Featured Research

from universities, journals, and other organizations

Higher calorie diets increase weight gain, shorten hospital stays for teens with anorexia

Date:
September 20, 2013
Source:
University of California, San Francisco (UCSF)
Summary:
Higher calorie diets produce twice the rate of weight gain compared to the lower calorie diets that currently are recommended for adolescents hospitalized with anorexia nervosa.

Higher calorie diets produce twice the rate of weight gain compared to the lower calorie diets that currently are recommended for adolescents hospitalized with anorexia nervosa, according to a study by researchers at UCSF Benioff Children's Hospital.

The findings will be published in the November issue of the Journal of Adolescent Health along with an accompanying editorial and two supporting studies, challenging the current conservative approach to feeding adolescents with anorexia nervosa during hospitalization for malnutrition.

"These findings are crucial to develop evidence-based guidelines for the treatment of young people suffering from malnutrition related to anorexia nervosa," said Andrea Garber, PhD, RD, associate professor of pediatrics in the Division of Adolescent Medicine at UCSF Benioff Children's Hospital.

"This is the first study to follow patients in the hospital on a more aggressive feeding protocol and it's clear that we're seeing better results as compared to the traditional approach," said Garber, who led the research with colleagues in the UCSF Adolescent Eating Disorders Program.

The American Psychiatric Association, American Dietetic Association and others recommend starting with about 1,200 calories per day and advancing slowly by 200 calories every other day. This "start low and go slow" approach is intended to avoid refeeding syndrome -- a potentially fatal condition resulting from rapid electrolyte shifts, a well-known risk when starting nutrition therapy in a starving patient.

In 2011, Garber and her colleagues published a study that was the first to show that adolescents on these lower-calorie diets had poor outcomes, including initial weight loss followed by poor weight gain and long hospital stays.

"That study showed that the lower-calorie diets were contributing to the so-called 'underfeeding syndrome' and are just too conservative for most of the adolescents that we hospitalize," said Garber. "Now we've compared a higher-calorie approach and found that it dramatically increases the rate of weight gain and shortens hospital stay."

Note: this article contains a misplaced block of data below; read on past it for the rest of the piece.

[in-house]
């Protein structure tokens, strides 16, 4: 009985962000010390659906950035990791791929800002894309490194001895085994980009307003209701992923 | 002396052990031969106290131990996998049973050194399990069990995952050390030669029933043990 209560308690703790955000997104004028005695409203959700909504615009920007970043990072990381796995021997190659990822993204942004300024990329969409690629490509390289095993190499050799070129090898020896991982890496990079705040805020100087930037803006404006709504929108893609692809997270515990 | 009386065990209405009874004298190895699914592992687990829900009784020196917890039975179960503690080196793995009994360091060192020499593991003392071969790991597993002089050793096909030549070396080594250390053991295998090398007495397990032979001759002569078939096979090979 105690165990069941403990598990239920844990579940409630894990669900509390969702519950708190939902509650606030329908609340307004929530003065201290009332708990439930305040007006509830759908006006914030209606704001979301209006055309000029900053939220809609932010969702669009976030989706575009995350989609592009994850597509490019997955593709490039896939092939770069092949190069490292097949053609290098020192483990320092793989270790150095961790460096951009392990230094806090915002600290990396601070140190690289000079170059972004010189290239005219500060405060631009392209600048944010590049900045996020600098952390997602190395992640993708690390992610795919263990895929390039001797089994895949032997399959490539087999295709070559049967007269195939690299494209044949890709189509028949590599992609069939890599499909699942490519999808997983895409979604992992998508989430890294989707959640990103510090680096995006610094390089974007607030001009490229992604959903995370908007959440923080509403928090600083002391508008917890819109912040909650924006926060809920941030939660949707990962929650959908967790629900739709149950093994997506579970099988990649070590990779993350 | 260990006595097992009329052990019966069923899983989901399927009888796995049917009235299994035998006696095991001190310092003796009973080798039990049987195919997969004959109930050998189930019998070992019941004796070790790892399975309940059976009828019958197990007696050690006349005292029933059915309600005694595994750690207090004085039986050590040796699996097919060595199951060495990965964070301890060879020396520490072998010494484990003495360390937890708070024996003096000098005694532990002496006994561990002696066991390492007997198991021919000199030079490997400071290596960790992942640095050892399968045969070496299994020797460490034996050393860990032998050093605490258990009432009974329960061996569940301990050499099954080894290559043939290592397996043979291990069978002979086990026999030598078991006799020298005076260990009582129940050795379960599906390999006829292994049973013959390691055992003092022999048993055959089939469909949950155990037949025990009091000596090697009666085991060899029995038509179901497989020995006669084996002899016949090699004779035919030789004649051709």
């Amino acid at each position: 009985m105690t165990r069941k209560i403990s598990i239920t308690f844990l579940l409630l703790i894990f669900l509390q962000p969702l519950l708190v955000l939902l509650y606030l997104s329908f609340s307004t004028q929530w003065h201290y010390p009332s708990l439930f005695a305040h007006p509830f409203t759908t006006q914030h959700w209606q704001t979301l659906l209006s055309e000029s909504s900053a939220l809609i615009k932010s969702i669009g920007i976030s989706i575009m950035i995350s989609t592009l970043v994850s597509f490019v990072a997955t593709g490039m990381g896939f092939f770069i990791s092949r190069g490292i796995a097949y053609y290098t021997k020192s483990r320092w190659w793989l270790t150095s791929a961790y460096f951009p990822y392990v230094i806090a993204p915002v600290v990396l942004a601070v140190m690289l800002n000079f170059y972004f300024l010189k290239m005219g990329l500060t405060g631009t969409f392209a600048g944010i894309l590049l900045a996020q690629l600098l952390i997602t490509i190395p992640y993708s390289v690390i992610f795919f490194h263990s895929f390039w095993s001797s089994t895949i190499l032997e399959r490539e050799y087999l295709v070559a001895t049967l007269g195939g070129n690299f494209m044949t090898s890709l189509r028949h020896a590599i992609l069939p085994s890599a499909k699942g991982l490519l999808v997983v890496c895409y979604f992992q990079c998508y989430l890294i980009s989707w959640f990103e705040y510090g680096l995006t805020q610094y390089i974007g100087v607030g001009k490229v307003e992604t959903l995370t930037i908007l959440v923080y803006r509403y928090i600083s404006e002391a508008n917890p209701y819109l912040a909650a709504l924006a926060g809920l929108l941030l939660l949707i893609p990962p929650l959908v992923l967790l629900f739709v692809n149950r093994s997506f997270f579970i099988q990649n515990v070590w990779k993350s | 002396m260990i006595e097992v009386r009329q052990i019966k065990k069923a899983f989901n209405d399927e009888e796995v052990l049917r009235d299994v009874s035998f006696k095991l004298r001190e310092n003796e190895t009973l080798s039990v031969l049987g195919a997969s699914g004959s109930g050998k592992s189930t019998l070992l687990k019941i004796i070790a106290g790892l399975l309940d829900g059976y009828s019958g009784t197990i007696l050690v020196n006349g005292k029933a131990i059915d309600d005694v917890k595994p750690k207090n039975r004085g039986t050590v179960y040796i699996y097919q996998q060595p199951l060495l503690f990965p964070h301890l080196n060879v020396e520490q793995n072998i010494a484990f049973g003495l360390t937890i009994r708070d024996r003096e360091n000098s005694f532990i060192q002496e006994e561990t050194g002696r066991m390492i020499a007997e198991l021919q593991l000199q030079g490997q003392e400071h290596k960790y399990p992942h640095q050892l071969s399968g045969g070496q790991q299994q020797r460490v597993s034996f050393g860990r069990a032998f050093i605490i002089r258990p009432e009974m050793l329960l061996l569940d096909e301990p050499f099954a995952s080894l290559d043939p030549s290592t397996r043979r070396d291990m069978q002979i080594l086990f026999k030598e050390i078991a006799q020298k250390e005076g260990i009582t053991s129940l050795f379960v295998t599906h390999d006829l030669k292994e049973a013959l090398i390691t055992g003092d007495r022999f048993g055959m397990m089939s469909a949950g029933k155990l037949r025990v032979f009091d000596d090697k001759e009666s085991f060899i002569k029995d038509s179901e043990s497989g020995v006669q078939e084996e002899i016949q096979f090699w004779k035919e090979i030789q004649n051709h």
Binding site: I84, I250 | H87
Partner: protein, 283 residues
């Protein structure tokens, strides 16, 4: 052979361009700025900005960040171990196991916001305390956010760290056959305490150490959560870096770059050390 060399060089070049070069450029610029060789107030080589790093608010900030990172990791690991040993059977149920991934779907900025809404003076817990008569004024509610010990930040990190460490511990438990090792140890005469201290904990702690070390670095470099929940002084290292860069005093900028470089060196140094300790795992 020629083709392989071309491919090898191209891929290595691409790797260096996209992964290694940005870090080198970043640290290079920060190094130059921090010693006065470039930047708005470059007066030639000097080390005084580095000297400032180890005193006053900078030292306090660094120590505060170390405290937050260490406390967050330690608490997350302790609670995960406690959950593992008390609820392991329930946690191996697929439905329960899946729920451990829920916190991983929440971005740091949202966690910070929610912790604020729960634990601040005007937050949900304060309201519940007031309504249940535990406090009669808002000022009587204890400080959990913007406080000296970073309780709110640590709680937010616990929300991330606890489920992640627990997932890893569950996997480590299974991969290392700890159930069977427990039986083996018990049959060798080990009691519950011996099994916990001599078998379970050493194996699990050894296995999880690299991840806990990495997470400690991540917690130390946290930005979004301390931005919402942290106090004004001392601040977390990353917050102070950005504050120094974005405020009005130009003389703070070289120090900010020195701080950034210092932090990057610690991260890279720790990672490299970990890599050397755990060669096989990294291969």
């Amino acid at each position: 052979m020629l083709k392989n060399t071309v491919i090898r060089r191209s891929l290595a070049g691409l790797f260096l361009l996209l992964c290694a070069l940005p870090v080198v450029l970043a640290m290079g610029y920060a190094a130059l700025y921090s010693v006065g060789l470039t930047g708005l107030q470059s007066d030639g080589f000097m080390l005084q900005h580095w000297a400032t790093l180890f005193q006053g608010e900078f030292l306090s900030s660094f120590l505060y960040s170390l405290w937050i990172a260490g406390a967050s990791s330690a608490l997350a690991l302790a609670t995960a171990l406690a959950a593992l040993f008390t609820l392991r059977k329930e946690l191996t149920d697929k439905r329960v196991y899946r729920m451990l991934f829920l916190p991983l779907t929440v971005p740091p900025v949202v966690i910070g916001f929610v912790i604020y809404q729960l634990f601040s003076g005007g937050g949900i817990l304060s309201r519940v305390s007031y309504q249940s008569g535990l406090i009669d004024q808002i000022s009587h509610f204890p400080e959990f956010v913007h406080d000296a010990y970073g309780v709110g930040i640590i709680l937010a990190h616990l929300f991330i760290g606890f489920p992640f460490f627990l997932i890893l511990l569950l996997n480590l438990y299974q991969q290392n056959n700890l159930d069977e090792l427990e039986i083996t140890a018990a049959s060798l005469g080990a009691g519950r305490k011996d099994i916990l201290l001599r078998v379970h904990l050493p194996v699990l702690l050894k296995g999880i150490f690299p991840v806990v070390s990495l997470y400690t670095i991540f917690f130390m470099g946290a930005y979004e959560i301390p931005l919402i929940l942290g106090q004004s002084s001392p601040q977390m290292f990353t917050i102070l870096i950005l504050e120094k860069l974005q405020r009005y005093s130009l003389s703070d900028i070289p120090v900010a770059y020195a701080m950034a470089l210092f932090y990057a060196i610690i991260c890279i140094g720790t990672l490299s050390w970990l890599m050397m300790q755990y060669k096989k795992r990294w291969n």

In the new study, researchers evaluated 56 adolescent patients who were placed on higher-calorie diets starting at 1800 calories per day and advanced by about 120 calories per day, versus those starting on 1100 calories a day and advanced at a slower rate of 100 calories per day.

Study participants were adolescents with anorexia nervosa who required hospitalization for malnutrition indicated by low body temperature, blood pressure, heart rate and body mass index. The primarily white female adolescent patients were fed three meals and three snacks each day and their vital signs were monitored closely, with their heart rates measured continuously and electrolytes checked twice a day.

When comparing the two groups, the rate of weight gain was almost double on higher- versus lower-calorie diets, and patients receiving more calories were hospitalized for an average of seven fewer days, without an increased risk of refeeding syndrome.

"This higher calorie approach is a major shift in treatment that looks really promising -- not only from a clinical perspective of better weight gain, but from the perspective of these young people who want to get better quickly and get back to their 'real' lives," Garber said.

Since 2008, the UCSF Adolescent Eating Disorders Program has been starting patients on a higher calorie approach in response to the emerging research from Garber and her colleagues.